ConCon foes' big spending seen as big impact on Hawaii ballot
By Derrick DePledge
Advertiser Government Writer
By Derrick DePledge
The Hawai'i Alliance, a group of labor, environmental and business interests opposed to a state Constitutional Convention, received large contributions from the state Office of Hawaiian Affairs and the Hawai'i Government Employees Association in the last days before Tuesday's vote.
OHA and the HGEA Ballot Committee each gave the group $100,000, campaign-finance records show, part of $247,000 in last-minute donations from public workers, hotel, teachers' and firefighters' unions.
Voters rejected the Constitutional Convention 62 percent to 34 percent.
Labor and Native Hawaiian interests had argued that a convention could jeopardize existing rights in the Constitution, such as collective bargaining and Hawaiian rights.
"The outcome of a Constitutional Convention is impossible to predict," said Crystal Kua, director of communications for OHA, which was created by a constitutional amendment after a 1978 convention. "Given the uncertainty of the current political climate, OHA and the board felt that there was some cause for concern and that a convention will pose a potential threat to OHA and its beneficiaries, more importantly.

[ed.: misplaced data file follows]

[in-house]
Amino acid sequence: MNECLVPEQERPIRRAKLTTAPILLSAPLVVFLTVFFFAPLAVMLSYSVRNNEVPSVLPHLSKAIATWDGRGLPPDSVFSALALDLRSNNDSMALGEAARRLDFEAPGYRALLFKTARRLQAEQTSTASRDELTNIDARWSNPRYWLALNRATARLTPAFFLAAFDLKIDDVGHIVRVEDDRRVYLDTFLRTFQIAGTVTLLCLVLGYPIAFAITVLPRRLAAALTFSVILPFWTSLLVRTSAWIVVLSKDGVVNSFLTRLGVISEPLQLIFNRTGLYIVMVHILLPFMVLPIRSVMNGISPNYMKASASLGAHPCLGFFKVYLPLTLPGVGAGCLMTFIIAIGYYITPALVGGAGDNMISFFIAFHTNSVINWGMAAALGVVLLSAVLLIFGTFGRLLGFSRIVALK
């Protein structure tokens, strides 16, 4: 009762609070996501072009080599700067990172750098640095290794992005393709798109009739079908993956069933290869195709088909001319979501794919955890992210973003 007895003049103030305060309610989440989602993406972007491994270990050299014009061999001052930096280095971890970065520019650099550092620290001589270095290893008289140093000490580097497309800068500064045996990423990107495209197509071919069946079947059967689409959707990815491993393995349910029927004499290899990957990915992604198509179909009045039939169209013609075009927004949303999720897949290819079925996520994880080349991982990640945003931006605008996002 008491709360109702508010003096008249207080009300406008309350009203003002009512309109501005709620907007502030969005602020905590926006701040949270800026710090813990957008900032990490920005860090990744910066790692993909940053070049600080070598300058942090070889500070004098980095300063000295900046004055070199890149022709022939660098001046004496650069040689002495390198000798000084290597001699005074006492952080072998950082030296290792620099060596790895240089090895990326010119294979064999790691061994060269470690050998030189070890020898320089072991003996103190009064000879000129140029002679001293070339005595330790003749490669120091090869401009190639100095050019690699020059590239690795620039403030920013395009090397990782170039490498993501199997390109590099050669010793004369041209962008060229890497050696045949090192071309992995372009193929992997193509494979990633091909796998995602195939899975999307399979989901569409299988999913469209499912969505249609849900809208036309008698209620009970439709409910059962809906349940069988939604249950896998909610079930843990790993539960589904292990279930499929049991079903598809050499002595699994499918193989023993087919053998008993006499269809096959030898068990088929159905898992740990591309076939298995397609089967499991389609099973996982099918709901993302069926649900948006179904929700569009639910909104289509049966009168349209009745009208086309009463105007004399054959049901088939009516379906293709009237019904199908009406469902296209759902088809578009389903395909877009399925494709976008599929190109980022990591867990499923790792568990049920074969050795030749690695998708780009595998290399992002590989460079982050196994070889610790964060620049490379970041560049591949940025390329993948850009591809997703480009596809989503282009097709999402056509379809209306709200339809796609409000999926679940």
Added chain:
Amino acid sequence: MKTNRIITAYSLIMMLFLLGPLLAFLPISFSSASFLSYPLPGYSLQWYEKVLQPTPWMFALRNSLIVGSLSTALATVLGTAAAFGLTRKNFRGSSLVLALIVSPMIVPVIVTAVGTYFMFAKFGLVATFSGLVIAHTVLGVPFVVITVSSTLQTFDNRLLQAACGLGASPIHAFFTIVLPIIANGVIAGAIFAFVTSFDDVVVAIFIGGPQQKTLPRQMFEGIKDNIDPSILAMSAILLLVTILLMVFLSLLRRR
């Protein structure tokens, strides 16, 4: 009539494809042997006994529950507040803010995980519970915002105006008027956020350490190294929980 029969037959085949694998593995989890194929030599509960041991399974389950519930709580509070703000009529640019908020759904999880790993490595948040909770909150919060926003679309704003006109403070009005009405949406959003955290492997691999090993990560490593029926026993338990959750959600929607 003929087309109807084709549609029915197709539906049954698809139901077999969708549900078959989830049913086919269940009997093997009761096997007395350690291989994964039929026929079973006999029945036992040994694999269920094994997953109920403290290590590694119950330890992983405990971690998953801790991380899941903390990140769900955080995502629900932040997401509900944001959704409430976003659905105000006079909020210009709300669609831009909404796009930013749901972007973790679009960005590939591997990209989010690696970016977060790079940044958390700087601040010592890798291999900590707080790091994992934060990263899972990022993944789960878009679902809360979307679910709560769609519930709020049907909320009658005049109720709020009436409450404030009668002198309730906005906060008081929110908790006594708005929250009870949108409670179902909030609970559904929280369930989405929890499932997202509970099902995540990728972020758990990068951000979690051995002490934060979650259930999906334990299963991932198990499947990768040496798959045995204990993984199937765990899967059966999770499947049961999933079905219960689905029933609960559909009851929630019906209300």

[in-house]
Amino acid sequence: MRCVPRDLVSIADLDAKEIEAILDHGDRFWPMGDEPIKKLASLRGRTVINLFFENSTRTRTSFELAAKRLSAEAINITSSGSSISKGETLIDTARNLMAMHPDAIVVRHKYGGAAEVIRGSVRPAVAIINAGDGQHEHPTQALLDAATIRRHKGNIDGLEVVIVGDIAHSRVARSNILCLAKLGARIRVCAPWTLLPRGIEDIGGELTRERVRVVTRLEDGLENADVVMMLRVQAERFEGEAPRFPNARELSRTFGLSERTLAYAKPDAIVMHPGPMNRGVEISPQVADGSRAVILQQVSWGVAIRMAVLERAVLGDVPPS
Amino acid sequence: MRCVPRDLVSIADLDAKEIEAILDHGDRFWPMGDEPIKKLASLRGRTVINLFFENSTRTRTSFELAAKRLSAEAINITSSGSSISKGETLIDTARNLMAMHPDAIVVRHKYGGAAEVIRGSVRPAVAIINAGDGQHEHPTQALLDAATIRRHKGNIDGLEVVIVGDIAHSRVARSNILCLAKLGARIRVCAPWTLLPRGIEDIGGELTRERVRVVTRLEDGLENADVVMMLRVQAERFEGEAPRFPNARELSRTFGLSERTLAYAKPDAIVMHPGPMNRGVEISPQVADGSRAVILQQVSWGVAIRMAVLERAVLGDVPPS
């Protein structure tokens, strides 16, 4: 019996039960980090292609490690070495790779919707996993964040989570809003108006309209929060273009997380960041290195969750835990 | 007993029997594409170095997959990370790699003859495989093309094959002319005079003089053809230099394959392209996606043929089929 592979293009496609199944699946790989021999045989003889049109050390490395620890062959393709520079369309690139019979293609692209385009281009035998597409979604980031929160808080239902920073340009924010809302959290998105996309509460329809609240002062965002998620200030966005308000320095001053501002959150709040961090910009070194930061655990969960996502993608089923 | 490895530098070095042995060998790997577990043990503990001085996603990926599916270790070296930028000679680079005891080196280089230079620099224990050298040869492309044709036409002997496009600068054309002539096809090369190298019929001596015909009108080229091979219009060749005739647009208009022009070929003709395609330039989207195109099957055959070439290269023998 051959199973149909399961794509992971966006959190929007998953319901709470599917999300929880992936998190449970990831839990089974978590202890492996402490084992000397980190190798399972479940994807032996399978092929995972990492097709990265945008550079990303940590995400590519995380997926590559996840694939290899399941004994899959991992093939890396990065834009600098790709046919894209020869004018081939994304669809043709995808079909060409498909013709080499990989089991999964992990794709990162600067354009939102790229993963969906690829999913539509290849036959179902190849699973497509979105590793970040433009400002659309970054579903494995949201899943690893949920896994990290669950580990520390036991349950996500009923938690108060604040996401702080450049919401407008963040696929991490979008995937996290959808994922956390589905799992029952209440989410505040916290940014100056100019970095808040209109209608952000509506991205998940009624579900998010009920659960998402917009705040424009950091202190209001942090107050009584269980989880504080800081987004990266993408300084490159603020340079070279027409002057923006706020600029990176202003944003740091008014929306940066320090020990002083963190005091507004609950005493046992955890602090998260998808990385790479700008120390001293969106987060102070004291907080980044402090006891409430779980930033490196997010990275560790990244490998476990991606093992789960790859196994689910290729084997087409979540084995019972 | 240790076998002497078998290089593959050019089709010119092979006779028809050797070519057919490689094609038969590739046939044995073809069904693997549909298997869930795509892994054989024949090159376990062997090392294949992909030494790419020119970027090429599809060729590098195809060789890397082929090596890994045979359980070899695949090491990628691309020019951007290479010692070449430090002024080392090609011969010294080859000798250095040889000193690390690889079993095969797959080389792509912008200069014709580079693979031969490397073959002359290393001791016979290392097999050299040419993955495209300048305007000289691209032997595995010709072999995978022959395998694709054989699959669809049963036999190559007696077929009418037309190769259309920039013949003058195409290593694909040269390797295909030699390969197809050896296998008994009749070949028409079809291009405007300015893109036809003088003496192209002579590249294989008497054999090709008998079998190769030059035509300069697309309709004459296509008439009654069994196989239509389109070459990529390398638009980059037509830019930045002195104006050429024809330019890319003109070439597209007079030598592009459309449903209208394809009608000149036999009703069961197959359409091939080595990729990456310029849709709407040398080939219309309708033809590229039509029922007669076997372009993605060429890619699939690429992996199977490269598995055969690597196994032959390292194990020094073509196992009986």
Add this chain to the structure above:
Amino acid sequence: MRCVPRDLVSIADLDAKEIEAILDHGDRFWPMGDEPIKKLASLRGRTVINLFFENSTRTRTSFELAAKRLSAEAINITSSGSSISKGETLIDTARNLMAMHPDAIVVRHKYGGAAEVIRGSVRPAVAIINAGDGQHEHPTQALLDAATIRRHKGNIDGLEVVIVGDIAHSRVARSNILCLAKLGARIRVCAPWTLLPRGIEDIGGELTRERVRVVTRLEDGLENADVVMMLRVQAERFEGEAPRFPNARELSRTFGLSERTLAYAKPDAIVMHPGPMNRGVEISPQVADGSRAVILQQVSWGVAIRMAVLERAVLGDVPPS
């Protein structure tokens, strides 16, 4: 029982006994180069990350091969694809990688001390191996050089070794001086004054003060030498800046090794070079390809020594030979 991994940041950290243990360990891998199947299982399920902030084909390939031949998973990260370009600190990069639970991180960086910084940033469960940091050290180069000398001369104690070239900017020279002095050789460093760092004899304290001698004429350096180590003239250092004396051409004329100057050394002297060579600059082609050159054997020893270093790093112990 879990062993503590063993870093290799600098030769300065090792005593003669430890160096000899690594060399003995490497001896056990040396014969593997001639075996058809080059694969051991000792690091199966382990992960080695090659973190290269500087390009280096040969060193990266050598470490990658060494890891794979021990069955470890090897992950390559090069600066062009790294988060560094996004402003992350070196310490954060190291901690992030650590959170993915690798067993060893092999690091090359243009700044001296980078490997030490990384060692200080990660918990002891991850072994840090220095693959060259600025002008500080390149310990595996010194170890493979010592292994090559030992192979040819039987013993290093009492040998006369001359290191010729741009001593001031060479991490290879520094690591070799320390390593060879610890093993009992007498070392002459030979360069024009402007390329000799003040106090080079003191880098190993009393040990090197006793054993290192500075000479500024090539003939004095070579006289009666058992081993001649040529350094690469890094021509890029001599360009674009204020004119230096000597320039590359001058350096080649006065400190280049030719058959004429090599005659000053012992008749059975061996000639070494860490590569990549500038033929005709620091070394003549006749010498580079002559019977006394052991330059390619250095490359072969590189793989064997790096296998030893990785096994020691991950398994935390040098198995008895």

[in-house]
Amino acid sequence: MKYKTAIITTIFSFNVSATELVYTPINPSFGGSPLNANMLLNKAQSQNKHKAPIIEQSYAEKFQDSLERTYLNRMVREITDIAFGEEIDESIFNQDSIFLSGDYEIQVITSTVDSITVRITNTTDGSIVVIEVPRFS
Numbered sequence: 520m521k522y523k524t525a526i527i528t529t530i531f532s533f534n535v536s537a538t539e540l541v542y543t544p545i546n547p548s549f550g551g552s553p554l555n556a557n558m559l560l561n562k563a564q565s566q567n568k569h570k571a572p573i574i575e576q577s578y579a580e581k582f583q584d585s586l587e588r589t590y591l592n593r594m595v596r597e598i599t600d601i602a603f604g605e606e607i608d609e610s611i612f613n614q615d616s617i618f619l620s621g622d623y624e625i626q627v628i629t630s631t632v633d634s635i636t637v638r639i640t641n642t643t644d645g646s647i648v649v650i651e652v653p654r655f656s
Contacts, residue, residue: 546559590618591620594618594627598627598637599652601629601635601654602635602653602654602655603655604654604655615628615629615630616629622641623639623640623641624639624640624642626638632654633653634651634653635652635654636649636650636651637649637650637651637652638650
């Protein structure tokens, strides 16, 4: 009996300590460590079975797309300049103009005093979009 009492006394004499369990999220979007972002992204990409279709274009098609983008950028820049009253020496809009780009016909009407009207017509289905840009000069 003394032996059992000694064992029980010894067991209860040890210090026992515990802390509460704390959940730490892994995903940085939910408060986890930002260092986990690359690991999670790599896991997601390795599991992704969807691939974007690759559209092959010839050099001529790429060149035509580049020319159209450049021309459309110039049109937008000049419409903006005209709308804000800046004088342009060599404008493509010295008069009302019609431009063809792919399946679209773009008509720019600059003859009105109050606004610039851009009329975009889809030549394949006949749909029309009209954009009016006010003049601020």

"There may be proposals to eliminate powers or protections for Hawaiians."
But many who wanted a Constitutional Convention said the large contributions to the Hawai'i Alliance, which paid for television, radio and newspaper advertisements, helped drown out debate.
"I think, clearly, it had an impact on the outcome," said state Rep. Della Au Belatti, D-25th (Tantalus, Makiki, McCully), who favored a convention. "The fact that anti-ConCon forces were able to do almost constant media blitz on the airwaves and in the newspapers showed that they were clearly well-funded."
The Hawai'i Alliance raised more than $585,000 through Oct. 20, campaign-finance records show, and received at least $247,000 in the final weeks before the vote, for more than $832,000 overall. The largest contributions to the group came from the National Education Association Ballot Measure Fund — at $350,000 — and the HGEA — at $310,000.
The NEA, the national public school teachers' union, also donated $150,000 to the Hawai'i State Teachers Association to oppose a convention. Other local labor unions also spent money on advertising in opposition.
Groups that favored the Constitutional Convention, by comparison, took in far less. Yes for Constitutional Convention raised $60,000, and It's Time Hawai'i raised about $7,900.
Reach Derrick DePledge at firstname.lastname@example.org.